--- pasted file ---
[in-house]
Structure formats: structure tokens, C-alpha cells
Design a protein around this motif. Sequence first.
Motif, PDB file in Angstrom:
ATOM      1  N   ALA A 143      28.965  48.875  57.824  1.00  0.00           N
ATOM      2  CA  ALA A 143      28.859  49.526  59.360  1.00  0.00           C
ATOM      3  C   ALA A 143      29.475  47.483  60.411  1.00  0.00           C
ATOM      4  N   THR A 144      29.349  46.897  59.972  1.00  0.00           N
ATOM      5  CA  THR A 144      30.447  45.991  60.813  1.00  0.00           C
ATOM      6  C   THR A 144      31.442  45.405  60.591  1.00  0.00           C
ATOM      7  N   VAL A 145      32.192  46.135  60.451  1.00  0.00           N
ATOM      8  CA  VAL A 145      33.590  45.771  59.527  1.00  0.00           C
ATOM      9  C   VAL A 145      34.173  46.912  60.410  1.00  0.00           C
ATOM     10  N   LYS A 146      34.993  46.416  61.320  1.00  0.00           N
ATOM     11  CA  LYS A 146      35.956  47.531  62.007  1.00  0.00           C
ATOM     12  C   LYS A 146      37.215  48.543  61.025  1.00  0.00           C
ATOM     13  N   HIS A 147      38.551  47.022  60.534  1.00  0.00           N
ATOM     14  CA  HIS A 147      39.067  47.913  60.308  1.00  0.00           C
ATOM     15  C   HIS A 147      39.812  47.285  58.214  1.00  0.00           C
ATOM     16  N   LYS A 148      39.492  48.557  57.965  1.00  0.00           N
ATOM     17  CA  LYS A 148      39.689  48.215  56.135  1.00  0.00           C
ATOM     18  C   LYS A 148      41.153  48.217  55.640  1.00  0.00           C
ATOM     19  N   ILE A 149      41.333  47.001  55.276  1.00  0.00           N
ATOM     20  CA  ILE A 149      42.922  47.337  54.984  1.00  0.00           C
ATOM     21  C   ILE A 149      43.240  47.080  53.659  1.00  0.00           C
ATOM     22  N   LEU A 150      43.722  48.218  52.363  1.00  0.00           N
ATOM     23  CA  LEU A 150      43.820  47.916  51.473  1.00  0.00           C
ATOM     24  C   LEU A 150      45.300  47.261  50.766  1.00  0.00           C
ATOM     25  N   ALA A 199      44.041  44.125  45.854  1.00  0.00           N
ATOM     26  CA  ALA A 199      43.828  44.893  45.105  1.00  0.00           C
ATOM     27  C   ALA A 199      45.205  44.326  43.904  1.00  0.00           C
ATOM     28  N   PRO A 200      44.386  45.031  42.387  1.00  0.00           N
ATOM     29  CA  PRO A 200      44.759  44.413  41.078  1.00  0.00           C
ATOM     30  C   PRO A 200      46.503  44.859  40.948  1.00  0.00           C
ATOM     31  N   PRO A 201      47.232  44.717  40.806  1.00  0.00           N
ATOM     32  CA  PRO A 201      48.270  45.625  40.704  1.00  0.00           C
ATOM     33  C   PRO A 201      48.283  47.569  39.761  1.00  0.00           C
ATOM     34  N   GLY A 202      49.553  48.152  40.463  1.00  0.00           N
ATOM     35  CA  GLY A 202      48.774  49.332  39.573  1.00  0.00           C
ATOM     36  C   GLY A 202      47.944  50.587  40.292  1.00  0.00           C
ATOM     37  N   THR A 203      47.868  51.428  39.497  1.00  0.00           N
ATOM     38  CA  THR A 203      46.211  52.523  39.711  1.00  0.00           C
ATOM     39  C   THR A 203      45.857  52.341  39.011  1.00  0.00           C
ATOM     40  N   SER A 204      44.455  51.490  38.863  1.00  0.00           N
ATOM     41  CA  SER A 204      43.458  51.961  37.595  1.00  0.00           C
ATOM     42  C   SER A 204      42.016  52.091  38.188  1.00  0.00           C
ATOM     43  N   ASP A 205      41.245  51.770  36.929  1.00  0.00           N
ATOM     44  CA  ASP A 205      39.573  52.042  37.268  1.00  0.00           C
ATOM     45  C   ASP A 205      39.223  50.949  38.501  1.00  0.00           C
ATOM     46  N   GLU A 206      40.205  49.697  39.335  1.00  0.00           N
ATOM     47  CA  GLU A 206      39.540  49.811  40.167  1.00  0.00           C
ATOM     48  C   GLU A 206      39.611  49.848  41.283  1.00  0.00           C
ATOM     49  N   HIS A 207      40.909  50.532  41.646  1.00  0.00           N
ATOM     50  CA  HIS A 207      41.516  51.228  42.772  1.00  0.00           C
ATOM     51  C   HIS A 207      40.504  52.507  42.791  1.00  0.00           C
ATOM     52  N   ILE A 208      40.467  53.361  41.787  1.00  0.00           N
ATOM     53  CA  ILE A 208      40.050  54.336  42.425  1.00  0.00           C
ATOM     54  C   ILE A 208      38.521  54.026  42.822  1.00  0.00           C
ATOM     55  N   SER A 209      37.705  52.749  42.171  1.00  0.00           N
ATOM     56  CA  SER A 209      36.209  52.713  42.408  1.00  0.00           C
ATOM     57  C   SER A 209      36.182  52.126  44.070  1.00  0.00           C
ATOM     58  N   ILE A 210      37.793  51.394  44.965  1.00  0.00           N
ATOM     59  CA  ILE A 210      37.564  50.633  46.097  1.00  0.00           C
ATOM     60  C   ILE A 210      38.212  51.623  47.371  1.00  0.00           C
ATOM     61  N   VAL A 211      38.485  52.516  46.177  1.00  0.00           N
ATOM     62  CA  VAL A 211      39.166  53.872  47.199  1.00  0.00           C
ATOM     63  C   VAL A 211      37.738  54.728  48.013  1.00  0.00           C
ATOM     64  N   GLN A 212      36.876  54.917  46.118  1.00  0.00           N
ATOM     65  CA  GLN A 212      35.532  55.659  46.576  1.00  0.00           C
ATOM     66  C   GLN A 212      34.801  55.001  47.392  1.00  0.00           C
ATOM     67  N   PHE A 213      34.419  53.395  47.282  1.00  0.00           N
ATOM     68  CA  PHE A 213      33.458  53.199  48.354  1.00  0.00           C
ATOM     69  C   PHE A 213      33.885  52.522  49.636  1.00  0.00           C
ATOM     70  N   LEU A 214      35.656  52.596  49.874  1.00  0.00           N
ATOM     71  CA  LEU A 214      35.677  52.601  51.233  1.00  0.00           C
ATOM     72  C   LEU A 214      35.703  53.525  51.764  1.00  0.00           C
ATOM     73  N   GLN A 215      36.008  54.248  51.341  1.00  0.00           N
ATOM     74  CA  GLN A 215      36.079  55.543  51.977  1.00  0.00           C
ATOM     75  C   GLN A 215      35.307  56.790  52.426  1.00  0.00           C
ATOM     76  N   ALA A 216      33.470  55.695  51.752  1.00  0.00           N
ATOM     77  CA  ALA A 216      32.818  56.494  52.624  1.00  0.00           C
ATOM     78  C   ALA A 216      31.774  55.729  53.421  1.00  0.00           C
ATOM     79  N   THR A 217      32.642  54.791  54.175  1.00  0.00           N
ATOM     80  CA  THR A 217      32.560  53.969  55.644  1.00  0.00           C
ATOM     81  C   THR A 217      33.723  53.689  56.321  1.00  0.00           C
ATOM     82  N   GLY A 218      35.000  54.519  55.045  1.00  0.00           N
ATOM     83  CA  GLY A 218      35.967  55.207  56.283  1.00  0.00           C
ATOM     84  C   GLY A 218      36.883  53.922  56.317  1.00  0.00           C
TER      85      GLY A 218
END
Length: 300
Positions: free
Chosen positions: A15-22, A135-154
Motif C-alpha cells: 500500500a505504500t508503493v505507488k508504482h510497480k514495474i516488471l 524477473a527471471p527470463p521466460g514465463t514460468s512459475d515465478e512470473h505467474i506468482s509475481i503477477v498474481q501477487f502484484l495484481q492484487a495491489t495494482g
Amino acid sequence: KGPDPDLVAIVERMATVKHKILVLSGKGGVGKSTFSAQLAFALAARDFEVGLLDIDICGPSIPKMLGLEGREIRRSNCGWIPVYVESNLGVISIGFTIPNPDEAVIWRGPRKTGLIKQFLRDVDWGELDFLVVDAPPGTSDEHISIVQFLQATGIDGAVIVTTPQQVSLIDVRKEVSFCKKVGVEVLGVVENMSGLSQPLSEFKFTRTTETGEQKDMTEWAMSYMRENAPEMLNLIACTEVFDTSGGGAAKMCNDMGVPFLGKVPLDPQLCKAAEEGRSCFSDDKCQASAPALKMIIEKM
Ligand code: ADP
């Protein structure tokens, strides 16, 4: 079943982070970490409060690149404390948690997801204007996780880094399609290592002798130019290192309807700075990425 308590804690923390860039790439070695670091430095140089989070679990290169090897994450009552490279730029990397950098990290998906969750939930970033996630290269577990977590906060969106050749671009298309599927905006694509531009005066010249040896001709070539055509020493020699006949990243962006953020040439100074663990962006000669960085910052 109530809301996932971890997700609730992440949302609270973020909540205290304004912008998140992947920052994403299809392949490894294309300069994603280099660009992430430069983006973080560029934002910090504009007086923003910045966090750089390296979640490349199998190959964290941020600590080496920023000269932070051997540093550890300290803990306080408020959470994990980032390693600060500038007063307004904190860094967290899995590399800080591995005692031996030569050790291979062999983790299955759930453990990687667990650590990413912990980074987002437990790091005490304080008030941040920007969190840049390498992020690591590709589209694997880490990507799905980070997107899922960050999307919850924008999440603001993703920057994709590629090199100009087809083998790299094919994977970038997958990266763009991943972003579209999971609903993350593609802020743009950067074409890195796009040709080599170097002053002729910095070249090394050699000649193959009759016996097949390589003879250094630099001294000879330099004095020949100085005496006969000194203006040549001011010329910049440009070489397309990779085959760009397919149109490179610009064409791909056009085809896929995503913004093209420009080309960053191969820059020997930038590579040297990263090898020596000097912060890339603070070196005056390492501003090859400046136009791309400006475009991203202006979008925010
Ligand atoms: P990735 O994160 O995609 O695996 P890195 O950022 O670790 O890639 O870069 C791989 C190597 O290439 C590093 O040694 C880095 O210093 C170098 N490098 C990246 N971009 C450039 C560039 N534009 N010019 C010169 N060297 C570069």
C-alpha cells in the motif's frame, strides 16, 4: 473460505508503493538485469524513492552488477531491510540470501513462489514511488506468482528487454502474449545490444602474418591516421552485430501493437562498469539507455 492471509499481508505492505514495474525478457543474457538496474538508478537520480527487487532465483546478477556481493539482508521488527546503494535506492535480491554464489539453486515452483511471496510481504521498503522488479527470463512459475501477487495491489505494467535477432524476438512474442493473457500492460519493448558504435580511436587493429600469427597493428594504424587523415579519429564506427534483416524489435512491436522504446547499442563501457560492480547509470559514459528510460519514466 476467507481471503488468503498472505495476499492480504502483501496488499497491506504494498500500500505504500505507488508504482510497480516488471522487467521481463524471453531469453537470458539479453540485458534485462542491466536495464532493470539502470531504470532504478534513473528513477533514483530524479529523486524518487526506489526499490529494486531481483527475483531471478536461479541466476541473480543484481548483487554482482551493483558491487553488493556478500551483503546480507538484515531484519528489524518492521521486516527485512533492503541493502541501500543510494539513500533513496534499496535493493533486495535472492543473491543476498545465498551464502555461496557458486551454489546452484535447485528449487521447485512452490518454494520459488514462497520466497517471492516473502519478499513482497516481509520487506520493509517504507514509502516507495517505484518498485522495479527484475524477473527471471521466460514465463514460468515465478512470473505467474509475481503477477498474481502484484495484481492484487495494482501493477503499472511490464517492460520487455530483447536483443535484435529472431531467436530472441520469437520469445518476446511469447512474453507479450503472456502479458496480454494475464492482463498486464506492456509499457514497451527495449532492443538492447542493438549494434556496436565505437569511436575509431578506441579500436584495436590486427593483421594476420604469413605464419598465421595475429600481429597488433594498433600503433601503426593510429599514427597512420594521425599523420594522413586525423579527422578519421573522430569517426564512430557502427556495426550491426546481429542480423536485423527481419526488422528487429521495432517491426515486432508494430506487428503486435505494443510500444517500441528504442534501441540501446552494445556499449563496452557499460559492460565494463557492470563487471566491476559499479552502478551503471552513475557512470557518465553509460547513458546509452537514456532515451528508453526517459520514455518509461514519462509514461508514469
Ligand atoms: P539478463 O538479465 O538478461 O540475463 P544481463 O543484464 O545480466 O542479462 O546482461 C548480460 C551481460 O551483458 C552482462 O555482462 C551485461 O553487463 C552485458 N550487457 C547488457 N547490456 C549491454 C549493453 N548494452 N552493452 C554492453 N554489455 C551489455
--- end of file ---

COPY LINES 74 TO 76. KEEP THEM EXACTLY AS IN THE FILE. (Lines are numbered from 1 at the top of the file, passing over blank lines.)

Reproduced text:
ATOM     70  N   LEU A 214      35.656  52.596  49.874  1.00  0.00           N
ATOM     71  CA  LEU A 214      35.677  52.601  51.233  1.00  0.00           C
ATOM     72  C   LEU A 214      35.703  53.525  51.764  1.00  0.00           C